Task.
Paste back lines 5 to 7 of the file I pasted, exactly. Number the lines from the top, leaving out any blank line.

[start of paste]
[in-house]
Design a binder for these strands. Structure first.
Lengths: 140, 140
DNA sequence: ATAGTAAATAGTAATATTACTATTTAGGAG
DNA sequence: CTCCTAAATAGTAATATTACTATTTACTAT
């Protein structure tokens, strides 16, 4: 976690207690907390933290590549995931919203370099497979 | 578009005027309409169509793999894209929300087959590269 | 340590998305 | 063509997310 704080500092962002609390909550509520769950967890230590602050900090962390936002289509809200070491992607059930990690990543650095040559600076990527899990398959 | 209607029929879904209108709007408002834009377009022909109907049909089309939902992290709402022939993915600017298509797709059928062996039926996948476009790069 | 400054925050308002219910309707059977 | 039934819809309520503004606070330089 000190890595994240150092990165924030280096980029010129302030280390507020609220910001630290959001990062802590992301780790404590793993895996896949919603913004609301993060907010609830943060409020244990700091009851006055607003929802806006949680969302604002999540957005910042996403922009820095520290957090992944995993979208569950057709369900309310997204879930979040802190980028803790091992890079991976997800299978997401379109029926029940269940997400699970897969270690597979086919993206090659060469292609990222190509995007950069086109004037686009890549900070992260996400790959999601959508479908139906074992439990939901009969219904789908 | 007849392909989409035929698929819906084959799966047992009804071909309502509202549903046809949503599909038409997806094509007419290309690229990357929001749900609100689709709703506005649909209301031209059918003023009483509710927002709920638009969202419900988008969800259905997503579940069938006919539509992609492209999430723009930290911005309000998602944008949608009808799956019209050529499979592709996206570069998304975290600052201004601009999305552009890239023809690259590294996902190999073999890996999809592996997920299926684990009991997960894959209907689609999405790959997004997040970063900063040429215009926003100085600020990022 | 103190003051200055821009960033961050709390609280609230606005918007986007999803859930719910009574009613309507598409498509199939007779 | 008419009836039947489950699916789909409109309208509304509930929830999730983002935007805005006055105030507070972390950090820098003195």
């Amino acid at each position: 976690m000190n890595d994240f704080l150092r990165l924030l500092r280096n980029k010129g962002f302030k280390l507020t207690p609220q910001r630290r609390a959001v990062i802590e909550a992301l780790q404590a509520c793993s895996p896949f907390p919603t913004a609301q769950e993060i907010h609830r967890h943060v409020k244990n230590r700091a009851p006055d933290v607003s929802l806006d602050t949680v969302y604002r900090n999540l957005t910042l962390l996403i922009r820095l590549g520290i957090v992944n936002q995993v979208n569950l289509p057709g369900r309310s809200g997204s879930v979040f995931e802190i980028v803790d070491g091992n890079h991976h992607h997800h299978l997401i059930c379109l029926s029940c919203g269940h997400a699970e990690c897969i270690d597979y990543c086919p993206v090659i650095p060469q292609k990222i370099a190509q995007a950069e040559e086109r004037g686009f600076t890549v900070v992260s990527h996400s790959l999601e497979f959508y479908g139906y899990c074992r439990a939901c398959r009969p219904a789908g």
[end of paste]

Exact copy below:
DNA sequence: CTCCTAAATAGTAATATTACTATTTACTAT
């Protein structure tokens, strides 16, 4: 976690207690907390933290590549995931919203370099497979 | 578009005027309409169509793999894209929300087959590269 | 340590998305 | 063509997310 704080500092962002609390909550509520769950967890230590602050900090962390936002289509809200070491992607059930990690990543650095040559600076990527899990398959 | 209607029929879904209108709007408002834009377009022909109907049909089309939902992290709402022939993915600017298509797709059928062996039926996948476009790069 | 400054925050308002219910309707059977 | 039934819809309520503004606070330089 000190890595994240150092990165924030280096980029010129302030280390507020609220910001630290959001990062802590992301780790404590793993895996896949919603913004609301993060907010609830943060409020244990700091009851006055607003929802806006949680969302604002999540957005910042996403922009820095520290957090992944995993979208569950057709369900309310997204879930979040802190980028803790091992890079991976997800299978997401379109029926029940269940997400699970897969270690597979086919993206090659060469292609990222190509995007950069086109004037686009890549900070992260996400790959999601959508479908139906074992439990939901009969219904789908 | 007849392909989409035929698929819906084959799966047992009804071909309502509202549903046809949503599909038409997806094509007419290309690229990357929001749900609100689709709703506005649909209301031209059918003023009483509710927002709920638009969202419900988008969800259905997503579940069938006919539509992609492209999430723009930290911005309000998602944008949608009808799956019209050529499979592709996206570069998304975290600052201004601009999305552009890239023809690259590294996902190999073999890996999809592996997920299926684990009991997960894959209907689609999405790959997004997040970063900063040429215009926003100085600020990022 | 103190003051200055821009960033961050709390609280609230606005918007986007999803859930719910009574009613309507598409498509199939007779 | 008419009836039947489950699916789909409109309208509304509930929830999730983002935007805005006055105030507070972390950090820098003195």
């Amino acid at each position: 976690m000190n890595d994240f704080l150092r990165l924030l500092r280096n980029k010129g962002f302030k280390l507020t207690p609220q910001r630290r609390a959001v990062i802590e909550a992301l780790q404590a509520c793993s895996p896949f907390p919603t913004a609301q769950e993060i907010h609830r967890h943060v409020k244990n230590r700091a009851p006055d933290v607003s929802l806006d602050t949680v969302y604002r900090n999540l957005t910042l962390l996403i922009r820095l590549g520290i957090v992944n936002q995993v979208n569950l289509p057709g369900r309310s809200g997204s879930v979040f995931e802190i980028v803790d070491g091992n890079h991976h992607h997800h299978l997401i059930c379109l029926s029940c919203g269940h997400a699970e990690c897969i270690d597979y990543c086919p993206v090659i650095p060469q292609k990222i370099a190509q995007a950069e040559e086109r004037g686009f600076t890549v900070v992260s990527h996400s790959l999601e497979f959508y479908g139906y899990c074992r439990a939901c398959r009969p219904a789908g």